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J Mol Model. 2014 Aug;20(8):2357. doi: 10.1007/s00894-014-2357-7. Epub 2014 Jul 24.

Evidence supporting the existence of a NUPR1-like family of helix-loop-helix chromatin proteins related to, yet distinct from, AT hook-containing HMG proteins.

Author information

1
Laboratory of Epigenetics and Chromatin Dynamics, Departments of Biochemistry and Molecular Biology, Biophysics, and Medicine, Epigenomics Translational Program, Center for Individualized Medicine., Mayo Clinic, 200 First Street SW, Guggenheim 10, Rochester, MN, 55905, USA, urrutia.raul@mayo.edu.

Abstract

NUPR1, a small chromatin protein, plays a critical role in cancer development, progression, and resistance to therapy. Here, using a combination of structural bioinformatics and molecular modeling methods, we report several novel findings that enhance our understanding of the biochemical function of this protein. We find that NUPR1 has been conserved throughout evolution, and over time it has undergone duplications and transpositions to form other transcriptional regulators. Using threading, homology-based molecular modeling, molecular mechanics calculations, and molecular dynamics simulations, we generated structural models for four of these proteins: NUPR1a, NUPR1b, NUPR2, and the NUPR-like domain of GTF2-I. Comparative analyses of these models combined with extensive linear motif identification reveal that these four proteins, though similar in their propensities for folding, differ in size, surface changes, and sites amenable for posttranslational modification. Lastly, taking NUPR1a as the paradigm for this family, we built models of a NUPR-DNA complex. Additional structural comparisons revealed that NUPR1 defines a new family of small-groove-binding proteins that share structural features with, yet are distinct from, helix-loop-helix AT-hook-containing HMG proteins. These models and inferences should lead to a better understanding of the function of this group of chromatin proteins, which play a critical role in the development of human malignant diseases.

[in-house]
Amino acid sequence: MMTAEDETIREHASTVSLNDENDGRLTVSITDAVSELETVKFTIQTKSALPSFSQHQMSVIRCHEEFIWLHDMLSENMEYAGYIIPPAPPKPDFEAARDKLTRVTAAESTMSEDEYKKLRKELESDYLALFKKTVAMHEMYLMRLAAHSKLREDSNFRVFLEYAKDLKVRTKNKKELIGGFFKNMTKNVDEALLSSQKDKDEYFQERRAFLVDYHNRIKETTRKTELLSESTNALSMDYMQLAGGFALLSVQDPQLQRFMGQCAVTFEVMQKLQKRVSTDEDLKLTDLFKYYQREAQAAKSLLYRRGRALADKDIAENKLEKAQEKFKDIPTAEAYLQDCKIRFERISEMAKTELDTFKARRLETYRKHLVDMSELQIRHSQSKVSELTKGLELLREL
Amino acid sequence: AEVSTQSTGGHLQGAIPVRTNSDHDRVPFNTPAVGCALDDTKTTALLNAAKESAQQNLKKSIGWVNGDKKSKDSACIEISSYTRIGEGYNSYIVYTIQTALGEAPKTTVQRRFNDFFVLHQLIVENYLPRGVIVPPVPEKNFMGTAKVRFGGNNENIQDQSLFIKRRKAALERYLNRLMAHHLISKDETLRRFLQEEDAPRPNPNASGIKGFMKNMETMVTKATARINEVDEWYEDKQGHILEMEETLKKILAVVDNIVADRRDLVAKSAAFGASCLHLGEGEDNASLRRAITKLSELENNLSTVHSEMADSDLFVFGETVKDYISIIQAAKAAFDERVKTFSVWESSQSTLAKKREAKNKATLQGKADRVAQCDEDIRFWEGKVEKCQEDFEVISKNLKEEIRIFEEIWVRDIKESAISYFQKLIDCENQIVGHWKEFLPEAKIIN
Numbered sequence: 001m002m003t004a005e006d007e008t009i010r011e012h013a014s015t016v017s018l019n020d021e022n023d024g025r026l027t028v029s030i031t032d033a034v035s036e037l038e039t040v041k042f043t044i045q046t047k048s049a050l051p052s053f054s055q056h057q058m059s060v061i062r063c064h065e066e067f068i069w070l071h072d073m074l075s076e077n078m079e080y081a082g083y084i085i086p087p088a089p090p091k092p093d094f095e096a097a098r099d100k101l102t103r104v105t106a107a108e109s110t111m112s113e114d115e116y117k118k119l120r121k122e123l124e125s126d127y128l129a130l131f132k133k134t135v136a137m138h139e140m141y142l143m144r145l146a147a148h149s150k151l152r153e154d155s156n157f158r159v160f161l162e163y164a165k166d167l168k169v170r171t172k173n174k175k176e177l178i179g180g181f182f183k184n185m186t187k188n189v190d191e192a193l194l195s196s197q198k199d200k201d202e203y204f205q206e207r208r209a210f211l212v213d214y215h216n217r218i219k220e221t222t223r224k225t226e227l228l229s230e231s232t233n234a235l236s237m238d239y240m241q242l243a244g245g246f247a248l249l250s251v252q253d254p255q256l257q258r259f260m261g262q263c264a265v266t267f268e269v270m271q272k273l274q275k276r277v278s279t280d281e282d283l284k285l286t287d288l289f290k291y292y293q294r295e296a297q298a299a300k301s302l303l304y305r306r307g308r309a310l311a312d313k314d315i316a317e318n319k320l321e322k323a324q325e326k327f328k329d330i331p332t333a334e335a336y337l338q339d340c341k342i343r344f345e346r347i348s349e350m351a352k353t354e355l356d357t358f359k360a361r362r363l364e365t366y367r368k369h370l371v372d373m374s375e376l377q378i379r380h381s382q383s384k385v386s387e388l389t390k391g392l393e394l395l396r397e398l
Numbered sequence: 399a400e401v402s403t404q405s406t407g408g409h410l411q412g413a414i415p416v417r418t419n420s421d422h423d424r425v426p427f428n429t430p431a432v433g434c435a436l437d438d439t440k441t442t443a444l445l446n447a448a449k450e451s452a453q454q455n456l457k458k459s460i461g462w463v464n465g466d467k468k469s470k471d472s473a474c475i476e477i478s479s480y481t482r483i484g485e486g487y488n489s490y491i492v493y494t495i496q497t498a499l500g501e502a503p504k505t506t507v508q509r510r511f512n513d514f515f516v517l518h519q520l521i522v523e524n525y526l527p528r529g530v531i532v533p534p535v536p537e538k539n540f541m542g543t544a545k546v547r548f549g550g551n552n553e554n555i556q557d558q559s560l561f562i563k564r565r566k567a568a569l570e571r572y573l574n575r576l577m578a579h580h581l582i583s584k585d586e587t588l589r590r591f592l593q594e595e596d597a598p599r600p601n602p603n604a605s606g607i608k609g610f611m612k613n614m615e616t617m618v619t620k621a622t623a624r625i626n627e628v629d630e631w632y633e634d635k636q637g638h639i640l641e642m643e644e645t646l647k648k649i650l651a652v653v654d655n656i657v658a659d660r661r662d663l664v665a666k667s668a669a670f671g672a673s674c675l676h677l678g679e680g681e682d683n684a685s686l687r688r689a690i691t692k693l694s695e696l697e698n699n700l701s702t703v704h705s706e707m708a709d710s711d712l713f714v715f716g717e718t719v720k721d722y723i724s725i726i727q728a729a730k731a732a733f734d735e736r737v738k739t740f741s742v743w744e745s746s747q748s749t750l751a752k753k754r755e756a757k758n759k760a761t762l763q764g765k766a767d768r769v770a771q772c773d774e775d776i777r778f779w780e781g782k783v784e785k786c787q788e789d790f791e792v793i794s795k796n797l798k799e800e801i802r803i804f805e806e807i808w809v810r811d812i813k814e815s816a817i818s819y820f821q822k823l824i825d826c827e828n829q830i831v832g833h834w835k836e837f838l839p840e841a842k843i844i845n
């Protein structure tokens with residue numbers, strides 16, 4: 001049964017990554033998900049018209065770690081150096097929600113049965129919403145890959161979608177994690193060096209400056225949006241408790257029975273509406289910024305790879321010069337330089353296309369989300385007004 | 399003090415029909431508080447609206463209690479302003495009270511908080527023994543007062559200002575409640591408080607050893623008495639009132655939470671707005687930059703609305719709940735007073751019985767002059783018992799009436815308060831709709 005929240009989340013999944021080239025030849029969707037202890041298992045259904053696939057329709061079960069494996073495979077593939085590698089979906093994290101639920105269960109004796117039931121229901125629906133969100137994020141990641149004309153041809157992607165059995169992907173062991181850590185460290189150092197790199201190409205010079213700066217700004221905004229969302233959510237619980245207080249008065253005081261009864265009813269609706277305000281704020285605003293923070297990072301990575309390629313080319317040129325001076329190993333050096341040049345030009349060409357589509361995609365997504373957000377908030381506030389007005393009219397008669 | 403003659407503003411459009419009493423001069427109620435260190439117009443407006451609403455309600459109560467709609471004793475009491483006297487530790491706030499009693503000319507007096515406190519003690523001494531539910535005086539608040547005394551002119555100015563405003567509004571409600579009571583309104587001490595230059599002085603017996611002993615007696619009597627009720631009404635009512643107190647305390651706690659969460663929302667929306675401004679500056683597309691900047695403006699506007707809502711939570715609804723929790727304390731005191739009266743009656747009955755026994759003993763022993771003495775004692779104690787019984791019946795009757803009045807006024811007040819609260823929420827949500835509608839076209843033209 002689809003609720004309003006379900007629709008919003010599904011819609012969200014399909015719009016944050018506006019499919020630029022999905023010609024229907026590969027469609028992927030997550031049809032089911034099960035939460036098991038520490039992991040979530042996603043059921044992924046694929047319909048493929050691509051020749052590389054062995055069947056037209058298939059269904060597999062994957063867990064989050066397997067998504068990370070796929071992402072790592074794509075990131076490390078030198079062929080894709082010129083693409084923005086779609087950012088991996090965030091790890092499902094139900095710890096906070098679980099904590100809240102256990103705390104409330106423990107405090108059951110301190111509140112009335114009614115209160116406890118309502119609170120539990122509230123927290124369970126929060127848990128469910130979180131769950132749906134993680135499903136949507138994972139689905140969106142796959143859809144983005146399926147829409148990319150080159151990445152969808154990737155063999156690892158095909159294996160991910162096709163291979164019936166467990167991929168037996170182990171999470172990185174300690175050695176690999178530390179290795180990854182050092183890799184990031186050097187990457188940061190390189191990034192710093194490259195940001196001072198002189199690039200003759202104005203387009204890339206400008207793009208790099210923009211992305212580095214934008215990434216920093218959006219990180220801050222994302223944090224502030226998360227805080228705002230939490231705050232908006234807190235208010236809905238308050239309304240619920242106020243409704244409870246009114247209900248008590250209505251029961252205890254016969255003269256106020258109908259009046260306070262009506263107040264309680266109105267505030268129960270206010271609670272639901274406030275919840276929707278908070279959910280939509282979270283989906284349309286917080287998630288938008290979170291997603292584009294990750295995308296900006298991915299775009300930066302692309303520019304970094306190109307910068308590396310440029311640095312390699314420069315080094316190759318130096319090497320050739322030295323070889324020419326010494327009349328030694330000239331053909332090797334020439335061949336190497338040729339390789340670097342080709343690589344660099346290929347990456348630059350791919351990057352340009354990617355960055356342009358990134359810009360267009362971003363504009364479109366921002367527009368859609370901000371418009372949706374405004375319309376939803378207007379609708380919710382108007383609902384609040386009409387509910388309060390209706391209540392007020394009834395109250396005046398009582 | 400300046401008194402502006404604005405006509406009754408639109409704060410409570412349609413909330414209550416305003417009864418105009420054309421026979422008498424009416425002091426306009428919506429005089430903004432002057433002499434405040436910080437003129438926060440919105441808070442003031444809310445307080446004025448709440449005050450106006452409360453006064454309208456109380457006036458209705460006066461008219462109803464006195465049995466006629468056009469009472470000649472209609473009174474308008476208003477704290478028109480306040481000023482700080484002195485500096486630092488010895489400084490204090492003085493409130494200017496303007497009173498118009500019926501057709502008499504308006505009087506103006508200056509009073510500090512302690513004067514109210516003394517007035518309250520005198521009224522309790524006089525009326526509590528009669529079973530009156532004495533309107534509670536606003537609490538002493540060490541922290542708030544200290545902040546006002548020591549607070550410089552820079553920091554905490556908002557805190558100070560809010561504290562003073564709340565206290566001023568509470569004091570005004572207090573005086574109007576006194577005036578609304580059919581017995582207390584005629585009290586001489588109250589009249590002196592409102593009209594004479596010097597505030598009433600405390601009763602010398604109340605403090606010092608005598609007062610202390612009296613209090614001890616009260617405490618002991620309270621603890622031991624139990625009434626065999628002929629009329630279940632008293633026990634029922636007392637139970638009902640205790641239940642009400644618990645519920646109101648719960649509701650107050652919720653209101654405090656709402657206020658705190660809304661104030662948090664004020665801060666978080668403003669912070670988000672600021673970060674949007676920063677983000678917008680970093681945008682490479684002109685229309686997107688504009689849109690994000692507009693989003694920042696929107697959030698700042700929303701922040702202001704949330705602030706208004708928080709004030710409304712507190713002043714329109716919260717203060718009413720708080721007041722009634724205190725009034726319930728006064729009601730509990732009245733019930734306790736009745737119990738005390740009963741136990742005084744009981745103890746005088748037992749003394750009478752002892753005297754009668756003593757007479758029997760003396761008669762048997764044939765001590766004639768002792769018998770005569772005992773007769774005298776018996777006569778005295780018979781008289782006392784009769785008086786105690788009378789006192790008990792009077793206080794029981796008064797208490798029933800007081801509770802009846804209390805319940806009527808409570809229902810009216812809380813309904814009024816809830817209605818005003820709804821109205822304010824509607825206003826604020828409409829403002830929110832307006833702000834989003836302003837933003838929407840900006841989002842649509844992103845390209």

PMID:
25056123
PMCID:
PMC4139591
DOI:
10.1007/s00894-014-2357-7
[Indexed for MEDLINE]
Free PMC Article

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